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The Advantages of Dual Alternators

by Daniel R. Mueller

Using dual alternators in a motor vehicle typically serves one of a handful of engineering design purposes. In vehicles likely to function for long periods of time without maintenance or vehicles likely to sustain heavy damage during the course of regular use, a second alternator can serve as a backup power generation system in the event that the primary system fails. Dual alternators can also be used to compensate for vehicles with exceptionally high drain devices, such as recreational vehicles or police reconnaissance vans.

Dual Alternators as a Redundancy Feature

Dual alternators are a helpful feature for military vehicles, allowing them to function even in the event of battle damage to a primary alternator. Mechanics working on dual alternator vehicles should note whether the dual alternators are in place because of a shared output need or if they include a redundancy switch and are each capable of supporting the vehicle's electrical power needs. A redundancy switch is a sensor that detects when voltage drops below a critical threshold from one alternator, deactivating the damaged alternator and switching to a secondary backup.

Dual Alternators for High-Power Drain Applications

Alternators are particularly helpful for high-drain vehicle power applications where the vehicle needs to have sustained power output without the engine running, without sacrificing the vehicle's ability to turn over. Vehicle engineers can approach this from two separate design approaches. The first is to connect both alternators to a large battery bank shared among the starter, spark plugs and other vehicle systems. A shared system offers the advantage of inexpensive simplicity; however, extended use without running the motor runs a real risk of draining the batteries to the point where the engine will not turn over. The second design philosophy approach sets up two separate power systems, one for critical systems and another for secondary optional devices. A dual independent power system approach prevents the vehicle from getting stuck due to draining too much power from the batteries but adds significant expense. The dual power system design works well with vehicles like RVs or police surveillance vehicles. Two alternators can also serve as a jerry-rigged replacement for larger alternators by combining two in series to reach the same level of power output, which is particularly helpful in improvised repair situations.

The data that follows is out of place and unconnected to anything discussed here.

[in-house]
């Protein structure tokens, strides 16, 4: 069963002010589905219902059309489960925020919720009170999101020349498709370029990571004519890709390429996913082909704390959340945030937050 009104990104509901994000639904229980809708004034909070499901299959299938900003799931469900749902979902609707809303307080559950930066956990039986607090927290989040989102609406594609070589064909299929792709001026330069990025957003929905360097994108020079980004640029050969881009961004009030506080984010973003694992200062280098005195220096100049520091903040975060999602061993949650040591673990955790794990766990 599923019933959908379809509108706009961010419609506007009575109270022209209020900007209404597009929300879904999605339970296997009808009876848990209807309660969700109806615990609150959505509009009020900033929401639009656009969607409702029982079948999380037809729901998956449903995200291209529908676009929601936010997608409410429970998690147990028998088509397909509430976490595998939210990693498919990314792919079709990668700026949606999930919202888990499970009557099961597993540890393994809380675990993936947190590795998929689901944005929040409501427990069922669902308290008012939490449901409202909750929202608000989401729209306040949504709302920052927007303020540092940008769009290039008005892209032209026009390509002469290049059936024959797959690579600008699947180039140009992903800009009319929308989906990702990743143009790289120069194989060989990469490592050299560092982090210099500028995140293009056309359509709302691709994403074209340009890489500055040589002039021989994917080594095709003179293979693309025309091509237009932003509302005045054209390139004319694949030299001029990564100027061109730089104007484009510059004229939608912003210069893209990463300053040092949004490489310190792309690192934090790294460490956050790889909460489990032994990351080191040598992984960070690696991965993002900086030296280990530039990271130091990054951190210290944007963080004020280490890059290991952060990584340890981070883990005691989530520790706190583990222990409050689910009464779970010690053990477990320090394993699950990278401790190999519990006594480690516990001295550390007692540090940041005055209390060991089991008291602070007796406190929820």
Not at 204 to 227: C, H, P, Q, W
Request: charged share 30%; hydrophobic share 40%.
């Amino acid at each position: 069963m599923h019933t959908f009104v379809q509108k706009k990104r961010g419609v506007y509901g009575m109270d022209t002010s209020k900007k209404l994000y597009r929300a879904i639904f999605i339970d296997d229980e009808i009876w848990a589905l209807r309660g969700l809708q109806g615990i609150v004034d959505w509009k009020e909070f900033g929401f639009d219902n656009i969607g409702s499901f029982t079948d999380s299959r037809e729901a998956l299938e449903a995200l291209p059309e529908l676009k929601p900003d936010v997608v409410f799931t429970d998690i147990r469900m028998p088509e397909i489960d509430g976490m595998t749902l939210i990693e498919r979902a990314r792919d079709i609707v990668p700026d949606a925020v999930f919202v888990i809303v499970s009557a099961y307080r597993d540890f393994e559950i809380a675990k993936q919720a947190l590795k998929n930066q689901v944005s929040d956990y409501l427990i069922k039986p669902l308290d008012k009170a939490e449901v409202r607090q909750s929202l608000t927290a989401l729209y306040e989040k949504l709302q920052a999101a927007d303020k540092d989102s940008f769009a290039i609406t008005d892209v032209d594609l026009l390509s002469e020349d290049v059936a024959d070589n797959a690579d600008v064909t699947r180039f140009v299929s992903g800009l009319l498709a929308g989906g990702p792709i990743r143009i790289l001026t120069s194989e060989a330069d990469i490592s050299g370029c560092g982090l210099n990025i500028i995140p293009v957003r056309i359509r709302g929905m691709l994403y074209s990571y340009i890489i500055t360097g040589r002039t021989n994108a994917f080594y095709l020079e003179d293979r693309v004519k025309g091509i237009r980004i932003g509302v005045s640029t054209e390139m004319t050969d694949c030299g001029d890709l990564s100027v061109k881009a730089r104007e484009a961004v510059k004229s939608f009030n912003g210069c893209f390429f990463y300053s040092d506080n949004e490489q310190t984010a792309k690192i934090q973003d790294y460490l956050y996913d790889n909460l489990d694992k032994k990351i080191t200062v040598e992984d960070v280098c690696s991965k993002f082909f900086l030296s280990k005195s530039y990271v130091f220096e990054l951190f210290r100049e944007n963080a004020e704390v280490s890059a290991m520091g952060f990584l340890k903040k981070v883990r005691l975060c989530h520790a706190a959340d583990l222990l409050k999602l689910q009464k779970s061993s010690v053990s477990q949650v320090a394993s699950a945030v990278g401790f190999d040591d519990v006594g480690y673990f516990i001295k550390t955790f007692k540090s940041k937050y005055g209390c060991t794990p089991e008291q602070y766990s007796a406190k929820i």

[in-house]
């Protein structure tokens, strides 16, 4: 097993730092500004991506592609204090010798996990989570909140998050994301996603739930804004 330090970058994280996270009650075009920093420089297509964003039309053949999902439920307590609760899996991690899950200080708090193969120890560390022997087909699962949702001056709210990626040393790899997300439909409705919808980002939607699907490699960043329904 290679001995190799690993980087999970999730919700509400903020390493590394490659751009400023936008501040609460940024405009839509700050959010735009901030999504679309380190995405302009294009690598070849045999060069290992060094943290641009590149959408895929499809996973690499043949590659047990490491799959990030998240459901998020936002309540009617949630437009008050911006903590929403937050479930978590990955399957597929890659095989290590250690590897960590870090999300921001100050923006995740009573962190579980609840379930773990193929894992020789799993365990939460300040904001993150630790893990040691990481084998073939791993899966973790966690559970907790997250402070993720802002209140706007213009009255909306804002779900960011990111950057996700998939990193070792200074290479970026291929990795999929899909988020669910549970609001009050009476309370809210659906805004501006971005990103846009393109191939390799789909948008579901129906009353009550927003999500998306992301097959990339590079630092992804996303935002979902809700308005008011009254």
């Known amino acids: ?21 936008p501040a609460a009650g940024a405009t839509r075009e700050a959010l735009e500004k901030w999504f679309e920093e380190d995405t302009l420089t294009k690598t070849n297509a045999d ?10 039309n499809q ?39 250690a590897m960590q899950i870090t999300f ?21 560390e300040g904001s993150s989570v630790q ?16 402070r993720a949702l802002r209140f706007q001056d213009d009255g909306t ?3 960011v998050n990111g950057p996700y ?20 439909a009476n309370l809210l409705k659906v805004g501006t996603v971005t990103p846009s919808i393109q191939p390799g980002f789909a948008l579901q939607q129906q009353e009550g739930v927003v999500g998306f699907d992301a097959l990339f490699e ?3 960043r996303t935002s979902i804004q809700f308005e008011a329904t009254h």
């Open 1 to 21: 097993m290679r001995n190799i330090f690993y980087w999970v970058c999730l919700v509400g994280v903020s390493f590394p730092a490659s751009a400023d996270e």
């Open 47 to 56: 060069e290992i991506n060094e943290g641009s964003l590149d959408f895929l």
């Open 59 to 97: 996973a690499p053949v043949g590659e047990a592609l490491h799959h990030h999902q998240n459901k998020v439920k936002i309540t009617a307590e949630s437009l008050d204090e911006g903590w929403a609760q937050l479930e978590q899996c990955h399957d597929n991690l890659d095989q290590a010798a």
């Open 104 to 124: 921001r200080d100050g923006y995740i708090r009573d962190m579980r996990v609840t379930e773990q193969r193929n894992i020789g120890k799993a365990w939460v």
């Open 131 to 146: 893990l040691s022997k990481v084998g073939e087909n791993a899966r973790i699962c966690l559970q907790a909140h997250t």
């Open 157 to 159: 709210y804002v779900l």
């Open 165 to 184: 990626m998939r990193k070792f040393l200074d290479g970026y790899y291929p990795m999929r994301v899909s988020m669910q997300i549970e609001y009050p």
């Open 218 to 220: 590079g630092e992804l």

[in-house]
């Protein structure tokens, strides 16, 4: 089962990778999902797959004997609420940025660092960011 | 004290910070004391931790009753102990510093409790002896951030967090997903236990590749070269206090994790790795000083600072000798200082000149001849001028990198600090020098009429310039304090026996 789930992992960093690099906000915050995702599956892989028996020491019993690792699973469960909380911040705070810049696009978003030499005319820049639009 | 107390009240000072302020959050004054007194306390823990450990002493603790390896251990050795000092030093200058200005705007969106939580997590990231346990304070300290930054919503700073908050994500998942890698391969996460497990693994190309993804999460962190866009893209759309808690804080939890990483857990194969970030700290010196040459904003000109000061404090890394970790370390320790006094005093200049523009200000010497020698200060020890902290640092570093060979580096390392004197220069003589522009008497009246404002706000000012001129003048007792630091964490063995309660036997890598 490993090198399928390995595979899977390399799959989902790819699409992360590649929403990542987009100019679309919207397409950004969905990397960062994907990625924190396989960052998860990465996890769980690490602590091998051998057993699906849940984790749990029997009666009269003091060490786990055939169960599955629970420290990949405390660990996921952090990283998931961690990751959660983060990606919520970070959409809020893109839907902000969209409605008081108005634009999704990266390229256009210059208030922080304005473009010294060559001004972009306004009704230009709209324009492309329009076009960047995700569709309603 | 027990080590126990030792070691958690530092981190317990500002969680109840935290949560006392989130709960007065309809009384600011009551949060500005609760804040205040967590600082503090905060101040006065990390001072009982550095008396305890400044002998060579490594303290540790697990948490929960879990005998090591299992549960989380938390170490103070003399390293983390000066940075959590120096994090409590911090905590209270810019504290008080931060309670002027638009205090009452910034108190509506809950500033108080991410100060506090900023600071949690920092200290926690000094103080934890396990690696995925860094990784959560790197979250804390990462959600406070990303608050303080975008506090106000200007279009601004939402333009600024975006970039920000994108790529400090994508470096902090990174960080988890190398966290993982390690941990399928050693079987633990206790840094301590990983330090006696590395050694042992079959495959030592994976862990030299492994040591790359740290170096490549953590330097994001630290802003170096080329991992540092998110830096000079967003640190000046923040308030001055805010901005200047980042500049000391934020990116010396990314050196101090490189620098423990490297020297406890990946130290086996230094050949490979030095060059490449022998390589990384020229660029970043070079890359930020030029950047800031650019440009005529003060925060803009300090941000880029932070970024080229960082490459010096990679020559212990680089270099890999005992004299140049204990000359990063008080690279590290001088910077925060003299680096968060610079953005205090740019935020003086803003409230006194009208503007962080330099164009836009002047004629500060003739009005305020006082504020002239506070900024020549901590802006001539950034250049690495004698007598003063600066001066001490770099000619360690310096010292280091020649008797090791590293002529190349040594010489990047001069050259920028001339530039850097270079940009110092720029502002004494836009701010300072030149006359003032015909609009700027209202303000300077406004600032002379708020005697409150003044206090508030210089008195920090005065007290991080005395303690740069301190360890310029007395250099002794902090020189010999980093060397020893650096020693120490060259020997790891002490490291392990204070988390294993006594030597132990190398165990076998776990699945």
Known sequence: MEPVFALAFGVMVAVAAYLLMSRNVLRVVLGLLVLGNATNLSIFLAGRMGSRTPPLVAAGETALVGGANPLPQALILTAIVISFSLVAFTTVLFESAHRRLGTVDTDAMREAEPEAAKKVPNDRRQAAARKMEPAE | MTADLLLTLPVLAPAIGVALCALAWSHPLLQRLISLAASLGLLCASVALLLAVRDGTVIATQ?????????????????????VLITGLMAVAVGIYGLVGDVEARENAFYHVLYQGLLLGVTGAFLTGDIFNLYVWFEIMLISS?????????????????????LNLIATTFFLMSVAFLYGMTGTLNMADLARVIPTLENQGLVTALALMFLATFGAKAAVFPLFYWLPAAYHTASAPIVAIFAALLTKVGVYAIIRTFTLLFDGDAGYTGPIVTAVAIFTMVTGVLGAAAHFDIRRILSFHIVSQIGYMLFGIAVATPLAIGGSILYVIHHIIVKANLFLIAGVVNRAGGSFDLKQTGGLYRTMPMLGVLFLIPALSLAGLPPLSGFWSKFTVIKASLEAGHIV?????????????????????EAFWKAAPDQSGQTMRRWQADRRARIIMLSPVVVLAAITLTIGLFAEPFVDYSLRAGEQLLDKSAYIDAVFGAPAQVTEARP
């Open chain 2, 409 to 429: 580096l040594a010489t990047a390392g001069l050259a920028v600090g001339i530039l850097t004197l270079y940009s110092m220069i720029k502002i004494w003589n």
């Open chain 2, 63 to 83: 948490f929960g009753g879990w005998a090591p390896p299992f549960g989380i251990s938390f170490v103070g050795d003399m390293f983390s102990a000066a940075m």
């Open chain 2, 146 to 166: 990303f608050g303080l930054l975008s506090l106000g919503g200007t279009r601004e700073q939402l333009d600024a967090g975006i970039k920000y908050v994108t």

Pairing Two Alternators of Different Sizes

Occasionally, system additions to a vehicle will stress the alternator beyond its output capacity, forcing mechanics to make a critical decision about either upgrading the size of the primary alternator or adding a secondary smaller alternator to meet electrical needs. Two different sized alternators are ideal for this scenario due to the fact that adding a second alternator the same size may be unnecessary and add additional expense. Adding a secondary smaller alternator to complement a systems upgrade can help upgrade projects on budget.

About the Author

Daniel R. Mueller is a Canadian who has been writing professionally since 2003. Mueller's writing draws on his extensive experience in the private security field. He also has a professional background in the information-technology industry as a support technician. Much of Mueller's writing has focused on the subjects of business and economics.

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